Police, The Courts and the Subversion of Civil Rights: A Conversation with Erwin Chemerinsky

September 27th, 2021
Screen%2BShot%2B2021-09-27%2Bat%2B8.39.21%2BPM.pngWhile the issue of systemic racism, along with a long history racial conflict occupies a large portion of our social and political landscape, the issue of racial influence in law enforcement and the problem of police violence directed at people of color, holds a unique place in our history.
 
The idea of equal justice under the law is a unique pillar in the American experience. It is, arguably, one of the weight-bearing pillars upon which our entire system of law and justice is based. And yet for years this idea has been under siege. Not just on the streets, or in squad rooms, but in the courts rooms of our states and even in the Supreme Court.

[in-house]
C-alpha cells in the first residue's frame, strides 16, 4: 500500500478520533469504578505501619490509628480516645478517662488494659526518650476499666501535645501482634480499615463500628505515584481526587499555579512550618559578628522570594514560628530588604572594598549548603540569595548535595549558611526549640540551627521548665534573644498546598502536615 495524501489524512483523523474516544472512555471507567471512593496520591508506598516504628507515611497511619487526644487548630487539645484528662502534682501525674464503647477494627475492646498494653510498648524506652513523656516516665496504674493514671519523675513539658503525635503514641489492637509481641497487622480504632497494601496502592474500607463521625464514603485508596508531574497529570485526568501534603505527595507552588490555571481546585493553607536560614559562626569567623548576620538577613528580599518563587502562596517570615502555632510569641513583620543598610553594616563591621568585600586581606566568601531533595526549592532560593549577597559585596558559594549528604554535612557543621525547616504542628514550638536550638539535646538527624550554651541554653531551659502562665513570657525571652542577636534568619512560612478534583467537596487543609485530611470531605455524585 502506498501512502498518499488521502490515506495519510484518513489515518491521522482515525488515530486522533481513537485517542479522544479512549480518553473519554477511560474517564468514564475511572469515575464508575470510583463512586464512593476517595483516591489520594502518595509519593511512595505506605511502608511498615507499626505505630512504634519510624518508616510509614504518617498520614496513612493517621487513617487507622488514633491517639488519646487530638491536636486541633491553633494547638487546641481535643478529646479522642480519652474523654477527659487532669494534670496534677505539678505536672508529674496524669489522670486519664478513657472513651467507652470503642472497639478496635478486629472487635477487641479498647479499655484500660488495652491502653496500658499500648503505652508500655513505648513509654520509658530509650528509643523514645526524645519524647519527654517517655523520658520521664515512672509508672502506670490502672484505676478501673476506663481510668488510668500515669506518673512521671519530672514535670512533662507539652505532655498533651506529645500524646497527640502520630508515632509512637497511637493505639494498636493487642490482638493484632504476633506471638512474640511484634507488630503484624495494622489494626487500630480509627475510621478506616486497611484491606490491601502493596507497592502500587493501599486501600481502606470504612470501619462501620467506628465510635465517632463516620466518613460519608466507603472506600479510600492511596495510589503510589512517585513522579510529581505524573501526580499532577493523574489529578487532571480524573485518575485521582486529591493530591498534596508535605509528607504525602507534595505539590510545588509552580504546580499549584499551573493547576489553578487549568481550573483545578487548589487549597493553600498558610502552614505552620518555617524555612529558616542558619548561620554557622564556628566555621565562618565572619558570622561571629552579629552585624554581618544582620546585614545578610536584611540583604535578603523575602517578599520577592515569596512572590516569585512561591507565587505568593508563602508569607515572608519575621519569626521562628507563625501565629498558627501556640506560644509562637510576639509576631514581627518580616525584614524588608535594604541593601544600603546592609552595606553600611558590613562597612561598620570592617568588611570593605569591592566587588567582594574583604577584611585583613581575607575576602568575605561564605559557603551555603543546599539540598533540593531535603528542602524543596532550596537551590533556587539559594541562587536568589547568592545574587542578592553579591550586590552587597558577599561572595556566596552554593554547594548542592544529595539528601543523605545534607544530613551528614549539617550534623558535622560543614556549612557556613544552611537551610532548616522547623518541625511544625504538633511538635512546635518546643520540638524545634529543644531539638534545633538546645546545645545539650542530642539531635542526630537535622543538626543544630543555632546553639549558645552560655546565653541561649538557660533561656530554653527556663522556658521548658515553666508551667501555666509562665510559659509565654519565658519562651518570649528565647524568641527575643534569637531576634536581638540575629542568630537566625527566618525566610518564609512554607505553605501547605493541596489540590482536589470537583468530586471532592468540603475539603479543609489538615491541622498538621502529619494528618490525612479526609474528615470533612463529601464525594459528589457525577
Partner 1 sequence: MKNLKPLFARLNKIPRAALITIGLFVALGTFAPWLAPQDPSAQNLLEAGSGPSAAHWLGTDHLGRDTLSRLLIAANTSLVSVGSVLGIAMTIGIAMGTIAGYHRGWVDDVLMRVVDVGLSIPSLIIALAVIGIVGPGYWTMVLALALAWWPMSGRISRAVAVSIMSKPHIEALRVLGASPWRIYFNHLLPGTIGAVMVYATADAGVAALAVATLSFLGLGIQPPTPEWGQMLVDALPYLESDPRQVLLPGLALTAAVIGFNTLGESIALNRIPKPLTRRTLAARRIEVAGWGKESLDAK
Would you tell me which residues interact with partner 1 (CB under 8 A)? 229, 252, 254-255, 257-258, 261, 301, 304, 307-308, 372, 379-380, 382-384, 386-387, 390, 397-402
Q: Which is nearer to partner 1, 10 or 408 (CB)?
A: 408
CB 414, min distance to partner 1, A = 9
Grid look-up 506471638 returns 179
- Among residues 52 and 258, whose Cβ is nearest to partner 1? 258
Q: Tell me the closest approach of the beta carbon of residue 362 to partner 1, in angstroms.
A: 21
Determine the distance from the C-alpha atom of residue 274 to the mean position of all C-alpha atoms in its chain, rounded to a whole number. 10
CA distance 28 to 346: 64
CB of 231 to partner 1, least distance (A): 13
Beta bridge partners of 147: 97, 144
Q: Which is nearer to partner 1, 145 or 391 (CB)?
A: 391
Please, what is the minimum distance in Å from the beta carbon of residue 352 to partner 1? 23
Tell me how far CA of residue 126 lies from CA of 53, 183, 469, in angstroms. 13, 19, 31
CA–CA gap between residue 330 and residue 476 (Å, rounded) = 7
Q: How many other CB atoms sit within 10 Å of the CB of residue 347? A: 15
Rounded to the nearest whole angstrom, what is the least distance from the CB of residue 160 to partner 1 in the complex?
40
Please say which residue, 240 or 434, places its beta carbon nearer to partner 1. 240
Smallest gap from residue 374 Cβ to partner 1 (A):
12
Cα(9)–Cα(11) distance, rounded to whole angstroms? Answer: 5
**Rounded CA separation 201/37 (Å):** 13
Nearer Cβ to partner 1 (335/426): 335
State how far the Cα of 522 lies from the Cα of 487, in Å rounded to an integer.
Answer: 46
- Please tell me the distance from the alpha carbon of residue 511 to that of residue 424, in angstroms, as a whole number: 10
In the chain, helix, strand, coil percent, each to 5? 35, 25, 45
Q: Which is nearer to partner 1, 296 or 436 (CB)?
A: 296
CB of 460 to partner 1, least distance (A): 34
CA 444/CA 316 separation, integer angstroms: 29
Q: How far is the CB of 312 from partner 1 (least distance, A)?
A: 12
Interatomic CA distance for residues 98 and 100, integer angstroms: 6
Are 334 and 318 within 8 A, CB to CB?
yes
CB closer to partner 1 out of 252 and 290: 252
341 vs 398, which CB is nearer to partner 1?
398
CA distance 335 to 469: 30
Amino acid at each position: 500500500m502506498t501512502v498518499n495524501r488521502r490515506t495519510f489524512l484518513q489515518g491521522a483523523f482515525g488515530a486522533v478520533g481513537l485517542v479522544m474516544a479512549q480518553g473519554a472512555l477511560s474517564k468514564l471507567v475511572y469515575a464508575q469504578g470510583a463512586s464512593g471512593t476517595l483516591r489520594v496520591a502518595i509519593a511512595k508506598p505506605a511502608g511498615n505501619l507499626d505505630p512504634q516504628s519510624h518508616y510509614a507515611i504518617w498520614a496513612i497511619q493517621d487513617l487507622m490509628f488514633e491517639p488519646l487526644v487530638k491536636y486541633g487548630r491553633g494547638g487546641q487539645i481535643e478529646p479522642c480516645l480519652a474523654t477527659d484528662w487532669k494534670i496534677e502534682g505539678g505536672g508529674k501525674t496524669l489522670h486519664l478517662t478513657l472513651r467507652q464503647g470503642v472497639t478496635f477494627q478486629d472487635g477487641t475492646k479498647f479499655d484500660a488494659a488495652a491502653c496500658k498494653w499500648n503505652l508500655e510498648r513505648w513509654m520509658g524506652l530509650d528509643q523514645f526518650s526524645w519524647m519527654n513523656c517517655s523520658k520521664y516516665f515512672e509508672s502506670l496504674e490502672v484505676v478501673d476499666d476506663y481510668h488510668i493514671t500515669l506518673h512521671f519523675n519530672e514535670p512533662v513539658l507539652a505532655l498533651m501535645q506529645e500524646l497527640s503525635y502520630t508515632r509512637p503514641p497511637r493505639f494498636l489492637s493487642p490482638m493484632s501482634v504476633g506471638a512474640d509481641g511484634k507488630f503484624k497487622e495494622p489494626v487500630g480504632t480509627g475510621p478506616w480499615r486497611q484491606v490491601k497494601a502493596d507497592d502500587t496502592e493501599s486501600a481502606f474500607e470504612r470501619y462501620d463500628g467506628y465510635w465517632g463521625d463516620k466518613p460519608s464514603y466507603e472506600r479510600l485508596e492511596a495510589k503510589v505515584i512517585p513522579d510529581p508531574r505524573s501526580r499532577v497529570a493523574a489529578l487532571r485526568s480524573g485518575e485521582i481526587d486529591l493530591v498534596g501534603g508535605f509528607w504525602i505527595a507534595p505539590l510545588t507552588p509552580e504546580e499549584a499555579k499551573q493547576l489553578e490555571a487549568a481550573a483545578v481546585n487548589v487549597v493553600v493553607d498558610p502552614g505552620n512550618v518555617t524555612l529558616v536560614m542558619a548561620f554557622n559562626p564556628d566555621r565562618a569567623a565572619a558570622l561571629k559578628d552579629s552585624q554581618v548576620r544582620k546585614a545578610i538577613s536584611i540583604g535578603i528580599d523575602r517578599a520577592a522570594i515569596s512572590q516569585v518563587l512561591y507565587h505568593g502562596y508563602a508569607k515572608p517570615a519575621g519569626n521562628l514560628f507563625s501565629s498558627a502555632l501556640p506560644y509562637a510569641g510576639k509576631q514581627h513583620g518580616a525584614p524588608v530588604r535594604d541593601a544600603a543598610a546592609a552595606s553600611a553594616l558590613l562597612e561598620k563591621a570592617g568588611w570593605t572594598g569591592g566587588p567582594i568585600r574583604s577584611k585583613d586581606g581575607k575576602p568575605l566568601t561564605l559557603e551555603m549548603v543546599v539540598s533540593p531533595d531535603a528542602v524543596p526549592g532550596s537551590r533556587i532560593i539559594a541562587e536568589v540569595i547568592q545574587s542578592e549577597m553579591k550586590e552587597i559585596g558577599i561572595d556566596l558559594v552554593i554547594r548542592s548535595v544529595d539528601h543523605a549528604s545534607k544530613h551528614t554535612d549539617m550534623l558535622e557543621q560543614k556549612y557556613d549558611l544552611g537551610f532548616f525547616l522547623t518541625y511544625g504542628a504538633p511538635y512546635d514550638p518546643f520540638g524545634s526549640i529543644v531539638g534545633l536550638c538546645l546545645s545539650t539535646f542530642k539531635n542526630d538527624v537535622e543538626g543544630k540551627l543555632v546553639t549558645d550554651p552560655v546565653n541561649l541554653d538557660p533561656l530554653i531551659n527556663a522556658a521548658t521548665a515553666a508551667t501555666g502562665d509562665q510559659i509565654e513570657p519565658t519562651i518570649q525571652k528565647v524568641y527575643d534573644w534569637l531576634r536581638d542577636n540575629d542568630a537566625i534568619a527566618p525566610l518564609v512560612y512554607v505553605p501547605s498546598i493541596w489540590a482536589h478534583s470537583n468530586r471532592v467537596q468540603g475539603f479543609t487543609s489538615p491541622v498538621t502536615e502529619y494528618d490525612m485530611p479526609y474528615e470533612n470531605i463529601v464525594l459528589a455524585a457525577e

How the courts have undermined a foundational tenant of their very existence tells us a lot about how we got where we are today. Erwin Chemerinsky, the Dean of the UC Berkeley School of Law expands on this idea in Presumed Guilty: How the Supreme Court Empowered the Police and Subverted Civil Rights.

 
My conversation with Erwin Chemerinsky: 
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